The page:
"While the film’s nihilism could be decried – especially today, when the question of hope has become a vital part of facing the unraveling of the world – Made in Hong Kong remains a deeply affecting work."
Personal essays on the experience of cinema
February 21 To Go On Living: On Red Desert and Melancholia
"The end of everything is not a tragedy, but an aesthetic opportunity."
February 20 Where God Lives: First Reformed, Bresson, and Transcendental Style
"As Toller prepares for his decisive martyrdom or self-mortification, words and melody fall subtly out of sync with one another. Schrader compromises the Bressonian unity of time and space by crosscutting: time out of joint, in a world without winter."
February 7 The Eternal Skies of Makoto Shinkai
"Everyone has their Makoto Shinkai moment. In mine, I am sixteen—like all of Shinkai’s protagonists—with a boy I like, and we’re running down the streets of Shinjuku, caught in a sudden rain. We’re running because I need to catch the last train out."
February 5 A (Film) Lover's Discourse: On The Age of Innocence
Before I went to see Dead Man, I saw in the philosophy section a copy of Roland Barthes’s A Lover’s Discourse. I turned to the title page and I spotted a hand-written dedication, one of the most famous lines of the Discourse: “I encounter millions of bodies in my life; of these millions, I may desire some hundreds; of these hundreds, I love only one.”
February 4 Ten Reasons To Love Morocco
As is often the case with films I deeply adore, I have a hard time working out an overarching reason for my satisfaction with Morocco. Perhaps it would be more effective to direct you to the movie, to see for yourself what makes it so special. Either way, in the interest of finding somewhere to release my enthusiasm, here are ten reasons Morocco is a film I would love to memorize, frame by frame, and thereby impress it upon my heart for all time.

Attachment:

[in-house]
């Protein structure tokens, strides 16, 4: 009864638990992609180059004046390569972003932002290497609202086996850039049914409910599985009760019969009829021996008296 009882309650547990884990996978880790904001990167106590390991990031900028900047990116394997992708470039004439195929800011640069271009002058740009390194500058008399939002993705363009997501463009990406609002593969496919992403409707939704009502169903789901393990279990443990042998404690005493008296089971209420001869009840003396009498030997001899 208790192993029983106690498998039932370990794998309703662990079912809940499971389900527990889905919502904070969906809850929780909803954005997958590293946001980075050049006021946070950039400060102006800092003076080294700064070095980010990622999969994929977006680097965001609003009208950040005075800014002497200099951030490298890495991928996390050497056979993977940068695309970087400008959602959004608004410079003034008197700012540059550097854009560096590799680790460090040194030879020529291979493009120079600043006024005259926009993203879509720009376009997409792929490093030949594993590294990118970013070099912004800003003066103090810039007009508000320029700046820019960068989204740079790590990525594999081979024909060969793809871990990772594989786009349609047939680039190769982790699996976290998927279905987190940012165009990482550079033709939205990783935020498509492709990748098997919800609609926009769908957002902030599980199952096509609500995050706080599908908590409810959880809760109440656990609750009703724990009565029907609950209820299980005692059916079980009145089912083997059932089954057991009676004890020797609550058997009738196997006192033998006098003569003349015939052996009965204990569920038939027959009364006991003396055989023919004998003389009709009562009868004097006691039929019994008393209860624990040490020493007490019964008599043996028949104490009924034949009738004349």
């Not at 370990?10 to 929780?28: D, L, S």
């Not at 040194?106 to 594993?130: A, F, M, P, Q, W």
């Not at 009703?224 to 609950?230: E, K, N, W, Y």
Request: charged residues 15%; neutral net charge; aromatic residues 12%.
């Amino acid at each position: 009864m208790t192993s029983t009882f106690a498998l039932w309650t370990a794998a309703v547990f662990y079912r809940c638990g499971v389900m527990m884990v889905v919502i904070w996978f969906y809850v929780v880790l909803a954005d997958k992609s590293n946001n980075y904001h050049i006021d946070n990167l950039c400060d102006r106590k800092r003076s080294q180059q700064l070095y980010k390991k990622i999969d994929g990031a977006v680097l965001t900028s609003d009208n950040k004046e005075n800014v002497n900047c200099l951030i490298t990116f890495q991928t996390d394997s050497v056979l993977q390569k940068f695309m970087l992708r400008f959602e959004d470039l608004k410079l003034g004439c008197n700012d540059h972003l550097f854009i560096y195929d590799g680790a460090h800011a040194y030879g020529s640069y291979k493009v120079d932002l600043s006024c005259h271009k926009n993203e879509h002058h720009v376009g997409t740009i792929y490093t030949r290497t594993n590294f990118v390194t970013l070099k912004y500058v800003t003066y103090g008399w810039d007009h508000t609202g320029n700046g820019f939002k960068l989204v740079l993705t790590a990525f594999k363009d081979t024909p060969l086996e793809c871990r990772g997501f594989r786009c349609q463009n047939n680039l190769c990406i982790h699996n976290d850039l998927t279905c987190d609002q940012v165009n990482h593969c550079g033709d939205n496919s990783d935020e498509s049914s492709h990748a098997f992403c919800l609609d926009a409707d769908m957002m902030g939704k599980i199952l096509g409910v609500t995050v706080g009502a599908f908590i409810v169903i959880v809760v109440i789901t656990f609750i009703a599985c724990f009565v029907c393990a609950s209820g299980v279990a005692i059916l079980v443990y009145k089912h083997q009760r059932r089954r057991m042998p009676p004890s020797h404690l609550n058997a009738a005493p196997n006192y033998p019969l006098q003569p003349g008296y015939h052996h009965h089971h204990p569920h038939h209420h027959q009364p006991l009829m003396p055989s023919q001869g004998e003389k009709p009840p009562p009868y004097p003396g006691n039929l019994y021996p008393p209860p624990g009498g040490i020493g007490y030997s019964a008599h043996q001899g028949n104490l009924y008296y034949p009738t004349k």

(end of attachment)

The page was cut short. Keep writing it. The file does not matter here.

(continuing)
January 31 On Martin Scorsese's New York, New York
"Jimmy and Francine deconstruct and reveal the limitations of the Hollywood musical. Their pairing also poses questions that have a slightly less meta-textual purpose: can two driven artists be in a relationship together? Do the traits that we associate with artists only serve to excuse behavior that would otherwise be immediately identified as bad?"
January 31 My Aisle Seat
"I aim not to take cinema too seriously either, using my critical voice to champion a film that may be bad, but ultimately was such a fun time in theaters it created a sense of excitement prestige fare doesn’t always tap into. I like to give films the space to speak to me in any setting, because often what they say is better crystallized in the intimate settings of an arthouse theater or over the jeers of an audience in a major theater chain."
January 28 Hong Kong’s Past and Future: Rouge and Comrades: Almost a Love Story
Not knowing the future inevitably means not being able to maintain a romantic relationship, so both films are wistfully and tragically preoccupied with roads not taken.
January 22 Hal Hartley from A to Z: Folders from the Fool Files
The world is chaotic, and the films of Hal Hartley often depict the struggle to impose some kind of structure or organization, to suss out the meaning of it all. So perhaps it would behoove us to do the same. Let’s take it from the top.